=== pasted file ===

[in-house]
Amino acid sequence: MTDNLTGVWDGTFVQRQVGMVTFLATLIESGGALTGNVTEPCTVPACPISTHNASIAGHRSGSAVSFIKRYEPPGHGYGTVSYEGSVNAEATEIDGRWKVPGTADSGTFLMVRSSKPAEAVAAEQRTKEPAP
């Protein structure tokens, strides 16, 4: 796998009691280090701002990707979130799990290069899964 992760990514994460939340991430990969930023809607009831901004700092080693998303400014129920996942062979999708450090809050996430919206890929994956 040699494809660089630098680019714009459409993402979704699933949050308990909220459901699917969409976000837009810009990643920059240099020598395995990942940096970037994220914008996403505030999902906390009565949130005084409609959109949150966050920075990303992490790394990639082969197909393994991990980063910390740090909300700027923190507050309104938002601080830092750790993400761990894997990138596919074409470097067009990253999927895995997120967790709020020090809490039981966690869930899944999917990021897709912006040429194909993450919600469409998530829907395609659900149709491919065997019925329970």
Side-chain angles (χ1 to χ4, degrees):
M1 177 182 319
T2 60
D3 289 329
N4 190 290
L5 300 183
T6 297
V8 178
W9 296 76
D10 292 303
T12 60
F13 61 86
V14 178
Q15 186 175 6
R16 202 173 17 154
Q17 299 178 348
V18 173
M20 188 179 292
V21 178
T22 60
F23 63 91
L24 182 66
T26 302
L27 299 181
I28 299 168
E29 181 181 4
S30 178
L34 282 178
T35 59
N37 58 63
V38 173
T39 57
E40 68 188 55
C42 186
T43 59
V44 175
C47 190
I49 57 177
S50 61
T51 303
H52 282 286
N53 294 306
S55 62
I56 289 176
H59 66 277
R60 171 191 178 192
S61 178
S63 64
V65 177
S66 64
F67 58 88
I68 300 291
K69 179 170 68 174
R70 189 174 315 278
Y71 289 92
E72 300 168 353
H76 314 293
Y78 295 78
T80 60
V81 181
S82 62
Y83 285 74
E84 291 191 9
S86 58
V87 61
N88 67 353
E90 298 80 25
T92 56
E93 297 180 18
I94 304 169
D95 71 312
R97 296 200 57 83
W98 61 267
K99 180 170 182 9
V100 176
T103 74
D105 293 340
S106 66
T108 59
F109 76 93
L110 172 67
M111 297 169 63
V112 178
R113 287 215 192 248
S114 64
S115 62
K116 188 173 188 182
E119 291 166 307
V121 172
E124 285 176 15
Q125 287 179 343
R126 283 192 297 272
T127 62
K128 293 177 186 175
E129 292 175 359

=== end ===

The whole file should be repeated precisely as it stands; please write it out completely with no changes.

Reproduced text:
[in-house]
Amino acid sequence: MTDNLTGVWDGTFVQRQVGMVTFLATLIESGGALTGNVTEPCTVPACPISTHNASIAGHRSGSAVSFIKRYEPPGHGYGTVSYEGSVNAEATEIDGRWKVPGTADSGTFLMVRSSKPAEAVAAEQRTKEPAP
């Protein structure tokens, strides 16, 4: 796998009691280090701002990707979130799990290069899964 992760990514994460939340991430990969930023809607009831901004700092080693998303400014129920996942062979999708450090809050996430919206890929994956 040699494809660089630098680019714009459409993402979704699933949050308990909220459901699917969409976000837009810009990643920059240099020598395995990942940096970037994220914008996403505030999902906390009565949130005084409609959109949150966050920075990303992490790394990639082969197909393994991990980063910390740090909300700027923190507050309104938002601080830092750790993400761990894997990138596919074409470097067009990253999927895995997120967790709020020090809490039981966690869930899944999917990021897709912006040429194909993450919600469409998530829907395609659900149709491919065997019925329970």
Side-chain angles (χ1 to χ4, degrees):
M1 177 182 319
T2 60
D3 289 329
N4 190 290
L5 300 183
T6 297
V8 178
W9 296 76
D10 292 303
T12 60
F13 61 86
V14 178
Q15 186 175 6
R16 202 173 17 154
Q17 299 178 348
V18 173
M20 188 179 292
V21 178
T22 60
F23 63 91
L24 182 66
T26 302
L27 299 181
I28 299 168
E29 181 181 4
S30 178
L34 282 178
T35 59
N37 58 63
V38 173
T39 57
E40 68 188 55
C42 186
T43 59
V44 175
C47 190
I49 57 177
S50 61
T51 303
H52 282 286
N53 294 306
S55 62
I56 289 176
H59 66 277
R60 171 191 178 192
S61 178
S63 64
V65 177
S66 64
F67 58 88
I68 300 291
K69 179 170 68 174
R70 189 174 315 278
Y71 289 92
E72 300 168 353
H76 314 293
Y78 295 78
T80 60
V81 181
S82 62
Y83 285 74
E84 291 191 9
S86 58
V87 61
N88 67 353
E90 298 80 25
T92 56
E93 297 180 18
I94 304 169
D95 71 312
R97 296 200 57 83
W98 61 267
K99 180 170 182 9
V100 176
T103 74
D105 293 340
S106 66
T108 59
F109 76 93
L110 172 67
M111 297 169 63
V112 178
R113 287 215 192 248
S114 64
S115 62
K116 188 173 188 182
E119 291 166 307
V121 172
E124 285 176 15
Q125 287 179 343
R126 283 192 297 272
T127 62
K128 293 177 186 175
E129 292 175 359